A Sermon
Published on Thursday, March 11, 1915.
Delivered by
At the Metropolitan Tabernacle, Newington.

On Lords' day Evening, June 26, 1870


Provided by
Spurgeon Ministries
Bath Road Baptist Church

To: Spurgeon's Sermons Index - This File Text Version

"Buy the truth, and sell it not."
-- Proverbs 23:23

JOHN Bunyan pictures the pilgrims as passing at one time through Vanity Fair, and in Vanity Fair there were to be found all kinds of merchandise, consisting of the pomps and vanities, the lusts and pleasures of this present life and of the flesh. Now all the dealers, when they saw these strange pilgrims come into the fair began to cry, as shopmen will do, "Buy, buy, buy--buy this, and buy that." There were the priests in the Italian row with their crucifixes and their beads. There were those in the German row with their philosophies and their metaphysics. There were those in the French row with their fashions and with their prettinesses. But the one answer that the pilgrims gave to all the dealers was this--they looked up and they said, "We buy the truth; we buy the truth," and they would have gone on their way if the men of the Fair had not laid them by the heels in the cage, and kept them there, one to go to heaven in a chariot of fire, and the other afterwards to pursue his journey alone. This is very much the description of the genuine Christian at all times. He is surrounded by vendors of all sorts of things, beautifully got up and looking exceedingly like the true article, and the only way in which he will be able to pass through Vanity Fair safely is to keep to this, that he buys the truth, and if he adds to that the second advice of the text, and never sells it, he will, under divine guidance, find his way rightly to the skies. "Buy the truth, and sell it not."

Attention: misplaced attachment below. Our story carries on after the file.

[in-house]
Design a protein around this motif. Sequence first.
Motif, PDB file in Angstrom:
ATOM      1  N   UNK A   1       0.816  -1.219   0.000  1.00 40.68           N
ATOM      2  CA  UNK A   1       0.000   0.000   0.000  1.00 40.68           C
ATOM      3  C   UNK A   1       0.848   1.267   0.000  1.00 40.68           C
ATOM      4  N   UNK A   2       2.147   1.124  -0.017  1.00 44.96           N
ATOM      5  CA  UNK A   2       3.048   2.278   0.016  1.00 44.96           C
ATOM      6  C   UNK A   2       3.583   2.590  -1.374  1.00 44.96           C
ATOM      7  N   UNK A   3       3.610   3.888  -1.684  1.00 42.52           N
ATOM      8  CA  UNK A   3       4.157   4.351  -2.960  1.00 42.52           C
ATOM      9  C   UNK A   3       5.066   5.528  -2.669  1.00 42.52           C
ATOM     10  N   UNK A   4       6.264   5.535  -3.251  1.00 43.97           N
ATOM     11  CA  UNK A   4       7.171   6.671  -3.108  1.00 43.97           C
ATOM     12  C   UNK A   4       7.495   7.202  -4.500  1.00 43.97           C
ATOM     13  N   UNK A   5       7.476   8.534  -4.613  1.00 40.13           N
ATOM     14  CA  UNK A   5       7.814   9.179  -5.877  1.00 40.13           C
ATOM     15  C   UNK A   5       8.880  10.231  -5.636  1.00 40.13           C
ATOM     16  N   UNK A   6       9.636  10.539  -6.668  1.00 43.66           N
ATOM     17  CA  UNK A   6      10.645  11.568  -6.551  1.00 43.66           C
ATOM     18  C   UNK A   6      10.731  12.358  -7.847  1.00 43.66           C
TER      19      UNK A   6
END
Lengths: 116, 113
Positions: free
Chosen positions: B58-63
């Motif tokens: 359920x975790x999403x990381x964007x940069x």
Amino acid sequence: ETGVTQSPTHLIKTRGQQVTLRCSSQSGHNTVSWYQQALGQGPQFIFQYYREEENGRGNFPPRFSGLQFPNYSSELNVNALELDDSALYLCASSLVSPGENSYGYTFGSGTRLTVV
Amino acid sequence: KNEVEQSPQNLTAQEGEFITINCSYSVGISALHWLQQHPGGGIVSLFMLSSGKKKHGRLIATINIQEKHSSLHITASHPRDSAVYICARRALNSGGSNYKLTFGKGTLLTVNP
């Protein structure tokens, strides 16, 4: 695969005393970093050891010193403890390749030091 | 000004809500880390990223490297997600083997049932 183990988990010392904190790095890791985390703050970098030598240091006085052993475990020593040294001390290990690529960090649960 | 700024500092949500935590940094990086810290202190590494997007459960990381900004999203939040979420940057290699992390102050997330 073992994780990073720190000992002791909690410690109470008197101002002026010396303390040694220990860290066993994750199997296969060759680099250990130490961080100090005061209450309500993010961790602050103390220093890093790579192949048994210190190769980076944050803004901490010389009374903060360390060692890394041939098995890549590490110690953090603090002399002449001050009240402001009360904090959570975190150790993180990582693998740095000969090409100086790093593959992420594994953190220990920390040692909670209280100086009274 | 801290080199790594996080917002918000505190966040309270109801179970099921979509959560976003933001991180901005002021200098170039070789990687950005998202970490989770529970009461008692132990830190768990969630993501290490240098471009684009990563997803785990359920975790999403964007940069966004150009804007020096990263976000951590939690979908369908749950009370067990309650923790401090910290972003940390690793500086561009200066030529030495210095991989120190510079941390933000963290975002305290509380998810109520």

Is not the parable we have just read a sort of enlargement of our text? When the merchantman all over the world had travelled to find out some pearl that should have no flaw, some diamond of the purest water fit to glisten in the crown of royalty, at last in his researches, he met with a gem the like of which he had never seen before, and, knowing that here was wealth for him, in the joy of his discovery, he sold all that he had that he might buy that pearl. Even so, the text seems to tell us, that truth is the one pearl beneath the skies that is worth having, and whatever else we buy not, we must buy the truth, and whatever else we may have to sell, yet we must never sell the truth, but hold it fast as a treasure that will last us when gold has cankered, and silver has rusted, and the moth has eaten up all goodly garments, and when all the riches of men have gone like a puff of smoke, or melted in the heat of the judgment day like the dew in the beams of the morning sun. Buy the truth. Here is the treasure. Cost it what it may, buy you it. Here is the piece of merchandise which you must buy, but must not sell. You may give all for it, but you may take nothing in exchange for it, since there is nothing that can be likened unto it.

With this as a preface, let us now come straight up to the text, and we shall notice:--

To: Spurgeon's Sermons Index - About Charles H. Spurgeon

This file from the Metropolitan Tabernacle Pulpit is provided to ICLnet and the internet community by the Bath Road Baptist Church, Kingston, Ontario, Canada. The sermons are available in booklet form at the following address. There is no charge for this service:

Spurgeon Ministries

P.O. Box 1673
Kingston, Ontario